If you’re going to play a board game, why not one that pits used-car dealers against each other?
Even as some states have started to allow business to re-open in some fashion, life in the current condition of relative social isolation is boring. Boring enough that some people have resorted to board games. As a car geek, you may have noticed that precious few have an automotive theme. I know of only one, and it’s a game I remembered from my youth: Dealer’s Choice.
Read the full article on Hagerty.com:
I don't want to sound naive but I will anyway by asking a question with an apparently obvious answer, at least to the author: How does one cheat at Monopoly without getting caught? Grab money or houses and hotels when your opponent goes to the bathroom? Inquiring minds want to know.
Tried to find our family's original set a few year's ago without any luck. My sister found one at a garage sale for $1.00, but it turned out the "car cards" were missing. Since I knew the game well enough, I made a set of cards from car photos from the web for cars that were owned by my family over the years and those of extended family (quite an odd bunch including a 442, Riviera, Opel wagon, 67 Imperial, 48 Pontiac, a group of Chevrolets, VW, etc,). The trick to this is to look carefully at the "Bluebook" comments and make sure they match up to the cars. When played with family that knows the history of the cars in the cards, it is probably more fun. About a year later, my mom pulls out our original game and asked me if this is the one I was looking for? Now we have two sets...
I agree that there are few board game out there with an automotive theme. I have a game called "Vintage Wheels - Automotive History Quiz Game" from 1984. There is one on eBay at the moment. The board has Detroit Michigan on one side and Windsor Ontario on the other side separated by the Detroit river. You start at the Ambassador Bridge on the Canadian side and travel through Windsor to the Detroit-Windsor Tunnel where you cross and travel through Detroit and finish back at the Ambassador Bridge. You move by answering automotive trivia questions. It reminds me of Trivial Pursuit as the box is the same size, the board folds the same and the questions come in boxes just like Trivial Pursuit, just no pies to complete with the little triangle pieces. With your automotive knowledge, you may be able to win at this game.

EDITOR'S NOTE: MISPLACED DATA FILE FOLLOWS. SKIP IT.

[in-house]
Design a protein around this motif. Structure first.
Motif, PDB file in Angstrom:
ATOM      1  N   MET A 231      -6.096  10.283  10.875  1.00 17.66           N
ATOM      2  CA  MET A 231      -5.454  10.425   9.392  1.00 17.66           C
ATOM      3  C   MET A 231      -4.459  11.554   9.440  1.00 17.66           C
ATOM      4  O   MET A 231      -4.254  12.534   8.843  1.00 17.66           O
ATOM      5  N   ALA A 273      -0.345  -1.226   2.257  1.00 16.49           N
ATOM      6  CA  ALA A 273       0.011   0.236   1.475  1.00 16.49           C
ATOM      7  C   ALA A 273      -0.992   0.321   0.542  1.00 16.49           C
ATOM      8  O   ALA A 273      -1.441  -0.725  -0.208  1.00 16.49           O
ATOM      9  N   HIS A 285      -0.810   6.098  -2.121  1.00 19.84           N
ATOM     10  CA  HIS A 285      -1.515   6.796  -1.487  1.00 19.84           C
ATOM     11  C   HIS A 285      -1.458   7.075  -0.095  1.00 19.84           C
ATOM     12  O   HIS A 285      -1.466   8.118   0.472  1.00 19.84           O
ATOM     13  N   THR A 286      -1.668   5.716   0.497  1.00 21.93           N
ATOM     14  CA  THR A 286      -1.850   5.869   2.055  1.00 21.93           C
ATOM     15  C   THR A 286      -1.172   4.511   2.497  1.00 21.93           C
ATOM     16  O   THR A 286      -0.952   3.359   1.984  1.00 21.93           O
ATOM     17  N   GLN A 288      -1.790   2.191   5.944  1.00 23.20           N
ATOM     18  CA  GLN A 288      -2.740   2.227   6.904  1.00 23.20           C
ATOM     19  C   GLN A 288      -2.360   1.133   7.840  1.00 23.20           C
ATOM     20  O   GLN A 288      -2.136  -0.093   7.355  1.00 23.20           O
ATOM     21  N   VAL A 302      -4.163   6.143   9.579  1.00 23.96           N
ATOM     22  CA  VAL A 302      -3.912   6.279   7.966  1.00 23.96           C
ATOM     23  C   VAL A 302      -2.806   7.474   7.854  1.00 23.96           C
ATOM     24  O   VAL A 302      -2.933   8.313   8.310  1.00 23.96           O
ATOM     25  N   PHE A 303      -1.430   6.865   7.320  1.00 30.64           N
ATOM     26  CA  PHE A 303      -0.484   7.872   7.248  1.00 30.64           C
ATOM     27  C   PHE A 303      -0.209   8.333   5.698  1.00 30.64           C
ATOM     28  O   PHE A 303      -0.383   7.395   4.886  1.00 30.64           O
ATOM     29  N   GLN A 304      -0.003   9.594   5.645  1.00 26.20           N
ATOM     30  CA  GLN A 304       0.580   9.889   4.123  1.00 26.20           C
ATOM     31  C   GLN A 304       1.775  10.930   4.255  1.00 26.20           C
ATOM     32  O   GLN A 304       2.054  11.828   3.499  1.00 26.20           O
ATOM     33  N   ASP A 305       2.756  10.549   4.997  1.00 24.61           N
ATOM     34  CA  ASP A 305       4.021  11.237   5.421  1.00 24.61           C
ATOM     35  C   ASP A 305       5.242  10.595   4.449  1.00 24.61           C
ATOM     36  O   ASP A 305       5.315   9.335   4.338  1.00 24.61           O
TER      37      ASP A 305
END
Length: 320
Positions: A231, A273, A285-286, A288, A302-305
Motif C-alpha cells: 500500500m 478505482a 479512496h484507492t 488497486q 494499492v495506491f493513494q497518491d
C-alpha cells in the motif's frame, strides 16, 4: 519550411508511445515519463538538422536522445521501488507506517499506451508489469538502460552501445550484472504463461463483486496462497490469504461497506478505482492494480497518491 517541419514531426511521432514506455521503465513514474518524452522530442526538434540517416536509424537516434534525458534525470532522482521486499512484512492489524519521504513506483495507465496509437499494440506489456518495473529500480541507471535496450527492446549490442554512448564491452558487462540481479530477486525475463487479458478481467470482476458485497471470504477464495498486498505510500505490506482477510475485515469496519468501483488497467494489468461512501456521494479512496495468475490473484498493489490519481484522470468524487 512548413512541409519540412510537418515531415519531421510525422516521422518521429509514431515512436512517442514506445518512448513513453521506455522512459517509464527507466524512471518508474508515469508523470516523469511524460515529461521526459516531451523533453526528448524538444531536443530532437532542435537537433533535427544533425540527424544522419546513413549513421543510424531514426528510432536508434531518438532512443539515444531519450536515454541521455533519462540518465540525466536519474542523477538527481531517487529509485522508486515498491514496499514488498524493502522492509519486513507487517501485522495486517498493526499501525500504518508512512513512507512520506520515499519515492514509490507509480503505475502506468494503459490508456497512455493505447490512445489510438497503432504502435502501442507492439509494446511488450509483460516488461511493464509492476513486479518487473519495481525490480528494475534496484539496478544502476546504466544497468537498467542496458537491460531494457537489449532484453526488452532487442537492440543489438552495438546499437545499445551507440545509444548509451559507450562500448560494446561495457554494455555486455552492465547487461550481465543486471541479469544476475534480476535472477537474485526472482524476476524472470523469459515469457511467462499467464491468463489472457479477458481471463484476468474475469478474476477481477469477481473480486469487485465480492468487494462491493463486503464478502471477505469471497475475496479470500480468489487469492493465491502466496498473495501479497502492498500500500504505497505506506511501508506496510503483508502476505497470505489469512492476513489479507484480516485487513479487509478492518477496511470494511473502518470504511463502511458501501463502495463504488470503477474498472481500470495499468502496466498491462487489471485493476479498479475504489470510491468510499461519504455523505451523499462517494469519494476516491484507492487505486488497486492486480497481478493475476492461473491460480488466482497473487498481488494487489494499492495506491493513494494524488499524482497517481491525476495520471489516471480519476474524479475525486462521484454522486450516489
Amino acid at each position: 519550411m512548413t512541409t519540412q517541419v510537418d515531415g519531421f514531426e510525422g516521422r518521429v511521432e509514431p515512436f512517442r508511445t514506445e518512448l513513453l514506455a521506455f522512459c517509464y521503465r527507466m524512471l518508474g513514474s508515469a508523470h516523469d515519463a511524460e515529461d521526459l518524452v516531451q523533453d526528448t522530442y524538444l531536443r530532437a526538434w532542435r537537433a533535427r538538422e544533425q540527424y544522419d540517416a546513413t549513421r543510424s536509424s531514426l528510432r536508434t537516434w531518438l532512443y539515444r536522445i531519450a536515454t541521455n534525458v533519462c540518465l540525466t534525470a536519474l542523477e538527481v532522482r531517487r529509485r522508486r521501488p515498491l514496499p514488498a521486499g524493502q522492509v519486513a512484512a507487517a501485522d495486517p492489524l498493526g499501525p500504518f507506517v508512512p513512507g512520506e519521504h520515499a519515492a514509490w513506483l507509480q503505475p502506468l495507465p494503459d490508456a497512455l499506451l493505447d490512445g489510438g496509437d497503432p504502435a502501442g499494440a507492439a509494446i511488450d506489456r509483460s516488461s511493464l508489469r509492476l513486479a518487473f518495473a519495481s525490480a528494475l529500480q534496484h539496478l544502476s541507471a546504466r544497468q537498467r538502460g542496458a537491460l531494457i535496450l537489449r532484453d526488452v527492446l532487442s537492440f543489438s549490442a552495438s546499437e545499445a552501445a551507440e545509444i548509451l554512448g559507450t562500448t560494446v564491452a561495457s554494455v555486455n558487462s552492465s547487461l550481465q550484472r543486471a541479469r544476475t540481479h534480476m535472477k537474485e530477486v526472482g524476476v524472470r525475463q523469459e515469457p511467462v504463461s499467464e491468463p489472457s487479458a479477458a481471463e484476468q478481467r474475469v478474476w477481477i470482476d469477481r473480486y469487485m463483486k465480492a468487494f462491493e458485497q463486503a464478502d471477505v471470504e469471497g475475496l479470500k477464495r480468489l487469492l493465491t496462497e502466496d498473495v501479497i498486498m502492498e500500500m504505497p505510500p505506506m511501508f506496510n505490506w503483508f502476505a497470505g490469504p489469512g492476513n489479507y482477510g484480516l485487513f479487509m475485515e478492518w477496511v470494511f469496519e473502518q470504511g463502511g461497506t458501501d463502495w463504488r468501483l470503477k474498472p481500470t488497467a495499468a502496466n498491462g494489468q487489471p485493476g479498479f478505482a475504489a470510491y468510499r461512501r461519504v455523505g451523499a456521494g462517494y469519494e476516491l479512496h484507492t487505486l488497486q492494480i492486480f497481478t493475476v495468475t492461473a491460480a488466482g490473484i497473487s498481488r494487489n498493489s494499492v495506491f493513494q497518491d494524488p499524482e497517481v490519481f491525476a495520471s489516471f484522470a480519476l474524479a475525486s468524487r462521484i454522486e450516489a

My older brother cheated at Risk and probably at Monopoly, but being 9 years younger I never caught him. The time I finally questioned the number of dice we were rolling in Risk was the last time we played. (I must have been right.)
He had Dealer's Choice but my only memory of it is looking at the box. I wonder if he knew there was little opportunity to guarantee a win?
Another "car themed" game: Mille Bornes. It's a draw-a-card game of driving cross-country. Draw an out-of-gas card, play a spare tire card, and collect miles until you reach 1000. It seemed so much fun as a kid but what an impossibly endless bore as an adult (at least as an adult who finally read the directions). It seems to be designed for those "game nights" when your parents really wanted to get together with the neighbors and chat rather than concentrate on playing a game. Definitely not a game for two people who have already been locked in a house together for three months.
Millie Bornes was definitely more of a casual and easy to play game. Helped me learn math (well addition and subtraction, at least) but it was still fun to play as a young adult...with the right group I guess.
Prior to this article about one of these games a day sold on eBay, on the 23rd (the day this article was released) eBay sold 26 of them. Obviously we’re reading your articles. Thanks for the story.